The Path – December 1893

THE KEY-NOTE — A. F. H.

It is always the key-note of everything that we want to seek or strike. The key-note of Christianity seems to be the personal or personality, the key-note of Theosophy, individuality; therefore in the evolution of the race they work beautifully together, Christianity preceding the wider Theosophy, which, again, leads into the Universal, there becoming the Wisdom Religion and the "Heir of all the Ages".

We should be grateful to Christianity. As represented by Jesus, it was Theosophy. But at that time the World lived in the personal, and so translated his teachings into its own language, as is the custom of humanity, from childhood on, with everything it accepts — and it must do so to accept it.

The child begins with the personal; it naturally grasps for itself. "Self-preservation is the law of life" has always been said in the Western world, and Christianity has provided for the carrying out of this law. It has a personal God, personal salvation, a personal heaven with a personal harp, classifications of persons there, and personal bodies (which they regard as themselves) here, in this world, even suggesting that these will be resurrected into the other world. Then, only, will they be surely saved, for until then heaven is an uncertain state where they are represented by a filmy something which they call their soul, but to which they hardly venture to give their undivided attention or to consider as necessary, until after death. Meanwhile, their bodies and the relations of this life are more interesting and all absorbing.

This is the Froebel method. It is the method of all intelligent education and of evolution. "First that which is natural, and then that which is spiritual." But here must come in another stage of development. The continuity of this life is questioned. Death steps in to take our loved ones, and thus our hearts are touched to long for a continuance of these ties, or the rush of civilization causes changes in outside ways. The lesser is sunk in the greater, small business enterprises cease to succeed, everything must change and be on a larger scale, houses must be torn down, palaces must be built, trusts must be formed, people must live in hotels or apartments if they have not purses to conduct life in a large way. The interests of man cease to be centred in himself, he is part of a whole; like a child when he begins to go to school, he is an individual in a community.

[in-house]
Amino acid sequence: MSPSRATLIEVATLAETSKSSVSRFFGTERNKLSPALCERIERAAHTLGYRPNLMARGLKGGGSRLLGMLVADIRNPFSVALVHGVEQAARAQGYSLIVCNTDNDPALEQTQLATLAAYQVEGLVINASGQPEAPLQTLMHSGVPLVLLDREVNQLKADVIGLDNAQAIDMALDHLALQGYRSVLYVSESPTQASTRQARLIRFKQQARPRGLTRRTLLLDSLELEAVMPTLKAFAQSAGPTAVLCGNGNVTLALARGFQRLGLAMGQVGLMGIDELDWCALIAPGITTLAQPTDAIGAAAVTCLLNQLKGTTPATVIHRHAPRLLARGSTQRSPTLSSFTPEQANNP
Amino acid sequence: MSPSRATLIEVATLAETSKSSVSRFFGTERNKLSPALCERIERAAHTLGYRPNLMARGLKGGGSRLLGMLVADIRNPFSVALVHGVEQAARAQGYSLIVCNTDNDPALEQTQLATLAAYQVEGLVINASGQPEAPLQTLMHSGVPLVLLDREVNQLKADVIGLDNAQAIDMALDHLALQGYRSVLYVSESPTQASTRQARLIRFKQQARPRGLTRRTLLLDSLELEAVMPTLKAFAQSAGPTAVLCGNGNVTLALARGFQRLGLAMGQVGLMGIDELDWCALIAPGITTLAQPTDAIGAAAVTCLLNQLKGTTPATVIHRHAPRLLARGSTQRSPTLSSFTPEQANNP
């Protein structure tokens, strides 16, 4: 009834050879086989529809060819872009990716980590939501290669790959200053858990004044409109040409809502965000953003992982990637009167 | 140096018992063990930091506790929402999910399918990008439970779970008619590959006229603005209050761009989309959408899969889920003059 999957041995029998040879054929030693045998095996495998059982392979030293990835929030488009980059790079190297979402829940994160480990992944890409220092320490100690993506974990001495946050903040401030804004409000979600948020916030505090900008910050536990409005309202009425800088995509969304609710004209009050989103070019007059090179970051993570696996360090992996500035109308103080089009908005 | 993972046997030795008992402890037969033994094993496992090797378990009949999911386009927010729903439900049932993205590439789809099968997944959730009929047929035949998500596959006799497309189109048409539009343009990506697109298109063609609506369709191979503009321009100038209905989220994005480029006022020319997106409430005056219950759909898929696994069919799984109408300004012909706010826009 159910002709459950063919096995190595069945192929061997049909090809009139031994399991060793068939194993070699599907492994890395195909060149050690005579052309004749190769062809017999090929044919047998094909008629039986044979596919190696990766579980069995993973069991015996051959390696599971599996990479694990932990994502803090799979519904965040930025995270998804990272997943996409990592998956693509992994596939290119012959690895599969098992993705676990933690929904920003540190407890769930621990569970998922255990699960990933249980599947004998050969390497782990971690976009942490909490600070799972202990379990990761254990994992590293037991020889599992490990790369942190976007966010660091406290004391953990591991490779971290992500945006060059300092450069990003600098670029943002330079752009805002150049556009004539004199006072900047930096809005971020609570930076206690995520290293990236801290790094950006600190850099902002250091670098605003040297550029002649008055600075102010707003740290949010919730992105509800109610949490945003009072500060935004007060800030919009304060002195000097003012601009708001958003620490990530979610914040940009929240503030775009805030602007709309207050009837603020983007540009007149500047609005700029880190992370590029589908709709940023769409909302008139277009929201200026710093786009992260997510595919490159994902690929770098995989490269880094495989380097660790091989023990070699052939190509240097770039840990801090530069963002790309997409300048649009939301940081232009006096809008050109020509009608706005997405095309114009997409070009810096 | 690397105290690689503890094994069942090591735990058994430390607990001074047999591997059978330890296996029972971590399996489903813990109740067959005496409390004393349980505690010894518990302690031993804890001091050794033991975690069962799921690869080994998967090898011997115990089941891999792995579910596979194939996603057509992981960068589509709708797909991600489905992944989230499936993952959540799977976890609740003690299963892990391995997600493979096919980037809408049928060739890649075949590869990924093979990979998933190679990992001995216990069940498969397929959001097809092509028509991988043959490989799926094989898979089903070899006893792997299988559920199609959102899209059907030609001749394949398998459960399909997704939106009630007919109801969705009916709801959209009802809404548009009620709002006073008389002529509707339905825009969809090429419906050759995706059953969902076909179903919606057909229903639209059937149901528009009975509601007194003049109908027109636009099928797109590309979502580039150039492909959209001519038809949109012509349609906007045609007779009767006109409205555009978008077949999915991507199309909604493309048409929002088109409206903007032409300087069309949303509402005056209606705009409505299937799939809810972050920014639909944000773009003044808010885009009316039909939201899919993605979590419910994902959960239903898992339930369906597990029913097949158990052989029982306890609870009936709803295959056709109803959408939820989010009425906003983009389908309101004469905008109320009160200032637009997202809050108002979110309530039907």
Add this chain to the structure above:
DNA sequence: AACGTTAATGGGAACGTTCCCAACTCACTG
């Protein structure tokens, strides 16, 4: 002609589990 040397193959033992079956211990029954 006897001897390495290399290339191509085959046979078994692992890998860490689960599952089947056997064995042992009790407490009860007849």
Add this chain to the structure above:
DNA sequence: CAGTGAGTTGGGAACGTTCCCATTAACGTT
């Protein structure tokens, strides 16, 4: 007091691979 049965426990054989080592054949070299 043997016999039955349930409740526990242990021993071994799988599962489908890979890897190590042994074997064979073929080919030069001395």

Then must begin consideration for others; his own interests cannot exclusively usurp his attention; others have rights; only by conceding these can he hold his place. Here comes in the germ of "Brotherly love", and the consciousness of Karma, or the law of action and reaction, cause and effect. Then, if some loved one is taken away, the feeling comes that there must be something beyond the body, there must be a continuity of life — and here we find the essence of the individual, the soul. Bodies lose their preeminence in our thoughts, we realize that our true life is on other and invisible planes. As we cannot see and hear our departed loved ones, we learn to meet them in the Over-Soul, the Universal, and thus again sink our separateness — this time, of the Soul — in the grand whole, or Spirit. Then man really lives, and begins to realize, to know, what he may be, and that, being Spirit, he can dominate and not be subject to matter, which is but the manifestation of Spirit. This larger life of Spirit with its limitless possibilities is the teaching of Theosophy, which is the continuation of Christianity, and the spirit, but not the letter, of Christ's teachings. We have lived in the letter, the body; now we live in the Spirit. We may live that Spirit in the Churches or out of the Churches. But we are told in the Bible that it is difficult for new wine to be held in old bottles. Form is not lasting, and forms confine. The old meaning clings to them and the Spirit is hampered. When a man wishes to change his life, to live on a higher plane, we tell him he can do it more easily and rapidly by going to a new place, by changing his associations. It needs a man of marked conviction and firm will to renew himself amid old surroundings. And thus in the life of the Soul the beginner can work better and more rapidly among those who believe we are the Soul and the body is but raiment. The literature, the associations, the daily lives of his companions help him. For this reason only would we leave the Churches and join the Theosophical Society, for this and to help on the work of the Society which has helped us. But if we are strong enough to be carried by the Spirit, to live in our souls and aid those still in the bondage of the flesh, amid the old surroundings, we may do a great work in the Churches. That is a question each must judge for himself. In Theosophy one has a larger and more unquestioned freedom to do, to be, and to grow.


The Path

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